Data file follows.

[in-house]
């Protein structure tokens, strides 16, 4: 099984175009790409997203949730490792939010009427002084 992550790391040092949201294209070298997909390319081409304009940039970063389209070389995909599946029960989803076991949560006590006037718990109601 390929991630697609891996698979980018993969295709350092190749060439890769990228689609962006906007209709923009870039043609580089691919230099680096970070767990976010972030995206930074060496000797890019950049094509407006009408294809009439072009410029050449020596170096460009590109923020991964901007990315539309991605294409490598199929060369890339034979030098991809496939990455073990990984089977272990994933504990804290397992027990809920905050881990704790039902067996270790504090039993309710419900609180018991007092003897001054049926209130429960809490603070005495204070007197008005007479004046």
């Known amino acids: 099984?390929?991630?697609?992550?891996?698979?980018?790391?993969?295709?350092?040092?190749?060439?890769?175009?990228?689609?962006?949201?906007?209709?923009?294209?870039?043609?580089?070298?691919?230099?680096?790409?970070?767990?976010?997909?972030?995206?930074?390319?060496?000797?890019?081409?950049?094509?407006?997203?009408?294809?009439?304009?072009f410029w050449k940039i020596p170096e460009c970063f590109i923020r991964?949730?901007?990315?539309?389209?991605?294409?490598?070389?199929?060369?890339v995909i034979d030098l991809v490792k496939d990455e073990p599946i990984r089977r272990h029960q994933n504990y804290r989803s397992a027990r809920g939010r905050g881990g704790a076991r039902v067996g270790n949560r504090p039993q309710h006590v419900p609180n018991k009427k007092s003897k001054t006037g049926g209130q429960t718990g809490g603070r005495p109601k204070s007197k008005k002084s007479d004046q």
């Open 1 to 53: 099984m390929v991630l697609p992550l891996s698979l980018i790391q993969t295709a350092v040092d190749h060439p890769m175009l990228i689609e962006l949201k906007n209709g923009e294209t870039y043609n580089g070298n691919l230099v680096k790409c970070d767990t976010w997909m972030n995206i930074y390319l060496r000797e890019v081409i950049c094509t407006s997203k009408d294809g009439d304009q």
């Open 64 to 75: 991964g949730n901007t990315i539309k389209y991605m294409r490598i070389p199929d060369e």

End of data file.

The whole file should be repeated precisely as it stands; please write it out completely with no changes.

[in-house]
């Protein structure tokens, strides 16, 4: 099984175009790409997203949730490792939010009427002084 992550790391040092949201294209070298997909390319081409304009940039970063389209070389995909599946029960989803076991949560006590006037718990109601 390929991630697609891996698979980018993969295709350092190749060439890769990228689609962006906007209709923009870039043609580089691919230099680096970070767990976010972030995206930074060496000797890019950049094509407006009408294809009439072009410029050449020596170096460009590109923020991964901007990315539309991605294409490598199929060369890339034979030098991809496939990455073990990984089977272990994933504990804290397992027990809920905050881990704790039902067996270790504090039993309710419900609180018991007092003897001054049926209130429960809490603070005495204070007197008005007479004046």
């Known amino acids: 099984?390929?991630?697609?992550?891996?698979?980018?790391?993969?295709?350092?040092?190749?060439?890769?175009?990228?689609?962006?949201?906007?209709?923009?294209?870039?043609?580089?070298?691919?230099?680096?790409?970070?767990?976010?997909?972030?995206?930074?390319?060496?000797?890019?081409?950049?094509?407006?997203?009408?294809?009439?304009?072009f410029w050449k940039i020596p170096e460009c970063f590109i923020r991964?949730?901007?990315?539309?389209?991605?294409?490598?070389?199929?060369?890339v995909i034979d030098l991809v490792k496939d990455e073990p599946i990984r089977r272990h029960q994933n504990y804290r989803s397992a027990r809920g939010r905050g881990g704790a076991r039902v067996g270790n949560r504090p039993q309710h006590v419900p609180n018991k009427k007092s003897k001054t006037g049926g209130q429960t718990g809490g603070r005495p109601k204070s007197k008005k002084s007479d004046q």
């Open 1 to 53: 099984m390929v991630l697609p992550l891996s698979l980018i790391q993969t295709a350092v040092d190749h060439p890769m175009l990228i689609e962006l949201k906007n209709g923009e294209t870039y043609n580089g070298n691919l230099v680096k790409c970070d767990t976010w997909m972030n995206i930074y390319l060496r000797e890019v081409i950049c094509t407006s997203k009408d294809g009439d304009q």
């Open 64 to 75: 991964g949730n901007t990315i539309k389209y991605m294409r490598i070389p199929d060369e």